Brothers and Sisters,
One of America’s great writers, Wendell Berry touches upon the matter of the our proper perspective of all work and I think it applies quite well to the work of the church. This is what he has said:
We don’t have the right to ask whether we’re gonna succeed or not. The only question we have a right to ask is, ‘what’s the right thing to do?’
It is easy to grow impatient and frustrated in all our labors, especially in the labor of supporting and seeking to grow the church when we do not see the results for which we are hoping. Most often those results are synonymous with some spoken or unspoken measure of success that is best described as numerical growth, and influence within our community and across the globe. What is interesting is that there is some measure of success which Christ does promise to the Church:
And I tell you, you are Peter, and on this rock I will build my church, and the gates of hell shall not prevail against it. (Matt. 16:18)
One measure of success that Christ gives to His Church, through the disciple is that the church, His bride will be victorious over death, the grave and hell. A victory with Christ Himself secured in his own death and resurrection. Beyond this the details, the more local and subjective matters of success are mysterious and impossible to predict. For instance, whether or not Reformation will succeed in the way that we, the members of Reformation desire, and Berry is right by exhorting people not to ask the question of whether we will succeed, but rather are we faithful. This is a question that everyone can immediately answer in their own hearts in this way: “Have I been faithful to the call to glorify God and enjoy Him, within the sphere of labor in my own local church?” Well… Have you?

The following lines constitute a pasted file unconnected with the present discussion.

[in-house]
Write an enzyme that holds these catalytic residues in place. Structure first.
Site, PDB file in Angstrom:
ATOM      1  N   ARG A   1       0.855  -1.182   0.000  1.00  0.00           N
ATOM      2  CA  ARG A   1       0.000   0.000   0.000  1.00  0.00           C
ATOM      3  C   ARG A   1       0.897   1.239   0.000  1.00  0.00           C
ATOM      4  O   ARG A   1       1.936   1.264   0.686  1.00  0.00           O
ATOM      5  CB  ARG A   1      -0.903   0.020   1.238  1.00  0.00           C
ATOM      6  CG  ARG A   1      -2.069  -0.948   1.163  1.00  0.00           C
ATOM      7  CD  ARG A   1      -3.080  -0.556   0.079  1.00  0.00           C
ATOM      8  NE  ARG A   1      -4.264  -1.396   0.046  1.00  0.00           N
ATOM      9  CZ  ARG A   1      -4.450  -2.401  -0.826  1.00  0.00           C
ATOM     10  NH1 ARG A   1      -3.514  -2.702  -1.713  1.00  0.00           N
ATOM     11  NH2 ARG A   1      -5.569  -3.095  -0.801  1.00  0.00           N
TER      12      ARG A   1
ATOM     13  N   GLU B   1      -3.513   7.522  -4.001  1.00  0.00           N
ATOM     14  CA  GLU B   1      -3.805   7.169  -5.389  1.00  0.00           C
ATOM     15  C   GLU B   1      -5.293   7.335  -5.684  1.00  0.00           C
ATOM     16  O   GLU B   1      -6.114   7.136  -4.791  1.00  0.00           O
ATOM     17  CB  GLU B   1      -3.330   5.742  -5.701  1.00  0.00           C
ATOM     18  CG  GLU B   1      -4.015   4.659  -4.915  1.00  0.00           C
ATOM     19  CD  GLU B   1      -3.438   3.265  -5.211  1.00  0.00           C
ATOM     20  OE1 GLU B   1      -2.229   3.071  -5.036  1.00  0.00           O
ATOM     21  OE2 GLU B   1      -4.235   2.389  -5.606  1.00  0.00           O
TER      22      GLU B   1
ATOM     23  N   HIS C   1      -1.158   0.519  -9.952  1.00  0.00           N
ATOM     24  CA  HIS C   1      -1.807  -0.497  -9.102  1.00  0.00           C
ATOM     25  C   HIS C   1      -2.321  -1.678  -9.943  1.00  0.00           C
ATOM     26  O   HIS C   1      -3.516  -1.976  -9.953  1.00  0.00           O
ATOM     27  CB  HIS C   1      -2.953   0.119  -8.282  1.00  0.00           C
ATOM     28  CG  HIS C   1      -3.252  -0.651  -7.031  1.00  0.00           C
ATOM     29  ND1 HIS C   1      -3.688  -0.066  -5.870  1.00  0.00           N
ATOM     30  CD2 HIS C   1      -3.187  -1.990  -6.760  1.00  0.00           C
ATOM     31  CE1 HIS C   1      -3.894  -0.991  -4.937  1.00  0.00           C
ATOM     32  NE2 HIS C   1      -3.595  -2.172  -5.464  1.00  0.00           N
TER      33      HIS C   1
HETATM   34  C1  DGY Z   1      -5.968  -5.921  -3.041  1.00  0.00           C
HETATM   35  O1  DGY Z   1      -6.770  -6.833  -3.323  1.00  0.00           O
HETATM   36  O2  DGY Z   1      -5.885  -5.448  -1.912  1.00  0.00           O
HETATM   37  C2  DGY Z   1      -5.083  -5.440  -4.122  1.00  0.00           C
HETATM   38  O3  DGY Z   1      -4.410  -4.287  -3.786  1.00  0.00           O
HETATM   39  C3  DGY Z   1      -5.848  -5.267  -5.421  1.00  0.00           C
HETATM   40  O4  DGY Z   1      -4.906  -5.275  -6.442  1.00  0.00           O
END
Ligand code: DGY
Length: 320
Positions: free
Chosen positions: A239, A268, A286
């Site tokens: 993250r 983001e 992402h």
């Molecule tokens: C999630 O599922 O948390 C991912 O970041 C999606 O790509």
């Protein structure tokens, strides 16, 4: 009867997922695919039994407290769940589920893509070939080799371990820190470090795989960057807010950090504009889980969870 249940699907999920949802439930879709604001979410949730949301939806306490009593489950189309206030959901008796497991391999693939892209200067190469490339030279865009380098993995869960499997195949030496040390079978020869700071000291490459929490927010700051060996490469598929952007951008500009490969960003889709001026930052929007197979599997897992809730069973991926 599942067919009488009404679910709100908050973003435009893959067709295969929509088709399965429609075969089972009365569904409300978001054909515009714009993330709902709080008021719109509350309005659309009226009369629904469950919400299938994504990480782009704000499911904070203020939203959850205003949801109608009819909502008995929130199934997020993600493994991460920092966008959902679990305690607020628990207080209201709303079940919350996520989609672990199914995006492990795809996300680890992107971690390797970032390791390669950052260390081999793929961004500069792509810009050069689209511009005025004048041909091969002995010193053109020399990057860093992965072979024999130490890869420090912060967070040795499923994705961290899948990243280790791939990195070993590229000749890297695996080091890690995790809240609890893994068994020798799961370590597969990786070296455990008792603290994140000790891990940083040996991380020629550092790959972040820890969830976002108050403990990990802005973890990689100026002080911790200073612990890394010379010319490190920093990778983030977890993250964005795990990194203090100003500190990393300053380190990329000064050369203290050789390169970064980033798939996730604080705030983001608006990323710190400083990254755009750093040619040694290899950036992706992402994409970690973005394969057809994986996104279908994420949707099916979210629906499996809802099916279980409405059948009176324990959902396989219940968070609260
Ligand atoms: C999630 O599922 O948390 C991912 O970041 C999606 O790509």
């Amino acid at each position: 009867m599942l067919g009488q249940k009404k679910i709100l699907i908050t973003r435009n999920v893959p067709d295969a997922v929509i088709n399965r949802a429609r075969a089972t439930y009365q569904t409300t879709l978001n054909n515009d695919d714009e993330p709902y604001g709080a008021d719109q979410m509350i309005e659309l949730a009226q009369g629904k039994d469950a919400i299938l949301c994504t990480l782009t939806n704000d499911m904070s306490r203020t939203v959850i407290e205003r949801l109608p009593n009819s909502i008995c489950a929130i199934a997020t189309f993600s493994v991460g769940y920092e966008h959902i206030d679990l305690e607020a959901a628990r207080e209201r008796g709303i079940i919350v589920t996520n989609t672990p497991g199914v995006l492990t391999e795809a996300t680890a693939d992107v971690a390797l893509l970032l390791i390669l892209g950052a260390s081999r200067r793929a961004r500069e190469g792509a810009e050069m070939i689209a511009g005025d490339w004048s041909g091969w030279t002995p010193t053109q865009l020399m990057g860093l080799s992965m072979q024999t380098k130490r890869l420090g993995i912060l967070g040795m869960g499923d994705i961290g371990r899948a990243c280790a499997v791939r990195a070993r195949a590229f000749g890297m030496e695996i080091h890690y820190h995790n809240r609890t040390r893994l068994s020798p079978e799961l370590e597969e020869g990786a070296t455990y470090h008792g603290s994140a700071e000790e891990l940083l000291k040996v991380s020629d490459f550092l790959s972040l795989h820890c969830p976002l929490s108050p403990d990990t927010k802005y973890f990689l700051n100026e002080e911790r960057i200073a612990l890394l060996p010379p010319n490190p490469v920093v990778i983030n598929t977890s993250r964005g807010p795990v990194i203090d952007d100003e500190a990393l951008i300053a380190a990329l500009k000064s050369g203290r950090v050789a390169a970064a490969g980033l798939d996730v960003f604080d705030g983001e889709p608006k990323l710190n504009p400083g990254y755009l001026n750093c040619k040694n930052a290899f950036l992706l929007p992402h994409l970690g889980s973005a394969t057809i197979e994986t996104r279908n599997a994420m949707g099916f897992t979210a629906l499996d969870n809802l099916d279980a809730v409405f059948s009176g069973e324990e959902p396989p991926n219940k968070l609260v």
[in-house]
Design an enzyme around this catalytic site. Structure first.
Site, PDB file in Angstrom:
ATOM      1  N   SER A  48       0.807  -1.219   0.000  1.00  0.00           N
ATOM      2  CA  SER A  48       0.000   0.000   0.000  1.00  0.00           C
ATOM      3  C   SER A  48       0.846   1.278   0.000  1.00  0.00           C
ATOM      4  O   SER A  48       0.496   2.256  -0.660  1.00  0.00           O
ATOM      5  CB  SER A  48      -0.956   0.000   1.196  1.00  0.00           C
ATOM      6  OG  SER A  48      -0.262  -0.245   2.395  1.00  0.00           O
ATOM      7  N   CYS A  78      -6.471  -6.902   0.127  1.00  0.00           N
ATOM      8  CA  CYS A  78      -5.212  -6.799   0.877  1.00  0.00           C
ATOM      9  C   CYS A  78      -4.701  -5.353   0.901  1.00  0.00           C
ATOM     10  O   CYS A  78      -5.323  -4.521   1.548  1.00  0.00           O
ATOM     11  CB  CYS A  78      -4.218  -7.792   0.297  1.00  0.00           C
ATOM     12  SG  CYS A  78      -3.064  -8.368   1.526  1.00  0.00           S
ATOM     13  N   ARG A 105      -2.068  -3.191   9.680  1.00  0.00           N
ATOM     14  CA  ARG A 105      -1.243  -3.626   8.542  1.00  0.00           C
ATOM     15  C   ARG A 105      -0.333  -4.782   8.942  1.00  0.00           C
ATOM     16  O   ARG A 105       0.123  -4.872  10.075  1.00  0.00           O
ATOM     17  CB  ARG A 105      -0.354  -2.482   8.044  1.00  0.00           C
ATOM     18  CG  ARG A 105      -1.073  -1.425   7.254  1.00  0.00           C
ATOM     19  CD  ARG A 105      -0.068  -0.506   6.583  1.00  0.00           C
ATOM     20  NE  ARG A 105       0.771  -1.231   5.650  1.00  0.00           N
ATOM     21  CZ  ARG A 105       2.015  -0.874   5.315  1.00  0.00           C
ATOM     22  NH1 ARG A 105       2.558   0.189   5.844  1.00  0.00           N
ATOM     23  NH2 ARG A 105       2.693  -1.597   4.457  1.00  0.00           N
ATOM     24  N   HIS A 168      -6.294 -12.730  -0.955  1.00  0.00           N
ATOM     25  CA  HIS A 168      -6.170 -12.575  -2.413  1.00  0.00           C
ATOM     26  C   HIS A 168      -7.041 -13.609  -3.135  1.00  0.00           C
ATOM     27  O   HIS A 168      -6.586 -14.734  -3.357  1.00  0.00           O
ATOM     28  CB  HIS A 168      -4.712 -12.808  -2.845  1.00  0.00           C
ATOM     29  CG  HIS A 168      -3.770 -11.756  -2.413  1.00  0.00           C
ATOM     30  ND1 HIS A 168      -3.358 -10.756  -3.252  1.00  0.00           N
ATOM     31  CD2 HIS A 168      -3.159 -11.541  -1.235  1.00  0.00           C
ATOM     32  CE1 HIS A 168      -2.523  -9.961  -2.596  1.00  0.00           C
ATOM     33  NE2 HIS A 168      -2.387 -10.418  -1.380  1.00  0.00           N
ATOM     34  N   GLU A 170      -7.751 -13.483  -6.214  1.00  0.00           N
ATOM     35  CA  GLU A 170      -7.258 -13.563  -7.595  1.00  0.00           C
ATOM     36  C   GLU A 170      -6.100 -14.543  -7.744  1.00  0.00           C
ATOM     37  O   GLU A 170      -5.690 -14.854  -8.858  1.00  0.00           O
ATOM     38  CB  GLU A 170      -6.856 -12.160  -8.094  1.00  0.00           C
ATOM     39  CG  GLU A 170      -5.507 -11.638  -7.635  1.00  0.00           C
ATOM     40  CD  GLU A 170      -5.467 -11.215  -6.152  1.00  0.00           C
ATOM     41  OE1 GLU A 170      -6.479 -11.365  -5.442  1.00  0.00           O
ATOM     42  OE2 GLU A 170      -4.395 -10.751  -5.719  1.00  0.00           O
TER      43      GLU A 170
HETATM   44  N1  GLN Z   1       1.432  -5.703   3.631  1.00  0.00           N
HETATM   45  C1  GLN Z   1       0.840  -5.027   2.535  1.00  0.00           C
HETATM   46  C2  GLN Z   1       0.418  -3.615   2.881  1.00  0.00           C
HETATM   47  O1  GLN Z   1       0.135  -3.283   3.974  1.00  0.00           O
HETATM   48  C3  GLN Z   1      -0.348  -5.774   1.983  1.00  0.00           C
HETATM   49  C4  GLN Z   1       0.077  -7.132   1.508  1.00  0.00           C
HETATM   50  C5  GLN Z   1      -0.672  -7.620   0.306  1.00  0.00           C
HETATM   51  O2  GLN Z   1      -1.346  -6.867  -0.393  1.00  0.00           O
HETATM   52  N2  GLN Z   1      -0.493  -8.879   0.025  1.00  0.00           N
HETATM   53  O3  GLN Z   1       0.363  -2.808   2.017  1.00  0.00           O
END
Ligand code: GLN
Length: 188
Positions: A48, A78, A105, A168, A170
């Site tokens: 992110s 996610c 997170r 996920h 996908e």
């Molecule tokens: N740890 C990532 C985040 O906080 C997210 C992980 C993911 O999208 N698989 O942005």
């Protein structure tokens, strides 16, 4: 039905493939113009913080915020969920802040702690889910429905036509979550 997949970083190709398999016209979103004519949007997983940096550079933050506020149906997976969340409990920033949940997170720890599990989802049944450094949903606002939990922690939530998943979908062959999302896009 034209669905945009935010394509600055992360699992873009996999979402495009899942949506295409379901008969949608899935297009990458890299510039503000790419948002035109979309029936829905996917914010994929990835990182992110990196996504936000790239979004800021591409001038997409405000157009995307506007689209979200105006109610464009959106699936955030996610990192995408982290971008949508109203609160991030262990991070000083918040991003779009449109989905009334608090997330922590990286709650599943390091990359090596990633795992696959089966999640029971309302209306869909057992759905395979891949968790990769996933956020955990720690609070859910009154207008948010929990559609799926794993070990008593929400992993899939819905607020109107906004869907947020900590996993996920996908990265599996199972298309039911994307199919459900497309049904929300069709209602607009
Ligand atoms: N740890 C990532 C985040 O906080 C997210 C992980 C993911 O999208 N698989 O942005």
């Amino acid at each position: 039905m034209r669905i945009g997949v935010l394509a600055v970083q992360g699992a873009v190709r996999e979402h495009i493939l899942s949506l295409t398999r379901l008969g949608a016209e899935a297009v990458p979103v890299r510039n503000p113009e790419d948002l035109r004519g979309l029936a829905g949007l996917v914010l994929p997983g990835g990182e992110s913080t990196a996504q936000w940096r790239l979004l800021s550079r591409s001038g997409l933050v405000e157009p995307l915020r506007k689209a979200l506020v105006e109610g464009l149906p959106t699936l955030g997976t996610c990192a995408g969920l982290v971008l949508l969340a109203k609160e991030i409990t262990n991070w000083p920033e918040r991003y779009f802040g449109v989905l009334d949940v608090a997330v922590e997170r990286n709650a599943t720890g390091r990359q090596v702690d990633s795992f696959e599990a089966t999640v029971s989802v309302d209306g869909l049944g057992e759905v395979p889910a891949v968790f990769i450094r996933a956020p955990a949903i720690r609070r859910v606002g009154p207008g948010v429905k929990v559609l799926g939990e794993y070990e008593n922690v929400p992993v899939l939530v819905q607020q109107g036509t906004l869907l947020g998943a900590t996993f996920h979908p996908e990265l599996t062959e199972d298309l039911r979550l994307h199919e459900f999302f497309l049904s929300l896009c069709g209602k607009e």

Even beyond the call to the local church, do you seek first Christ’s Kingdom and righteousness in every aspect of your life? Do you seek faithfulness over success? Is it enough that you have been obedient, that you have done what is good, according to God’s call? The path to joy and contentment cannot be trod well if we are consistently worried about success before the simple call to walk well, righteously, and true according to Scripture.
Sunday Morning - John 20:11-31 - Our coming text serves to answer well this question: How is it that we must behold Jesus that we might be saved? Is seeing believing? Well, yes and no. Beholding Christ in the flesh was and never would be enough, rather the confrontation of disbelief and doubt is through Christ revealing Himself by the Spirit. This is we must behold Christ through the spiritual gift of faith - we must see Him through the eyes of faith. The exaltation of Christ is made manifest among His beloved people by granting them eyes to see and ears to hear. This is yet another incredible example of God’s grace that He is patient, loving and gentle enough to bear our blindness and unbelief and reveal Himself unto our believing, loving, and devoting ourselves to Him.
Sunday Evening - 1 Corinthians 16:12-24 - This is it. The final sermon from Paul’s first epistle to the churches in Corinth. Some might look at the situation and say, “well at least we aren’t as bad as those folks in Corinth.” This is no doubt a reckless statement to make and reveals the very heart of the problem that plagued many in Corinth - spiritual pride that was the result of seeking first another kingdom before Christ’s own. Here at the close Paul gives a simple exhortation to live like faithful soldiers of the Cross of Jesus Christ with all strength and love, and that the love that they have for one another be come first from their love of Christ. You cannot be a disciple of the Cross unless you love the One who died for you, and you cannot love one another unless the love of Christ is alive within you.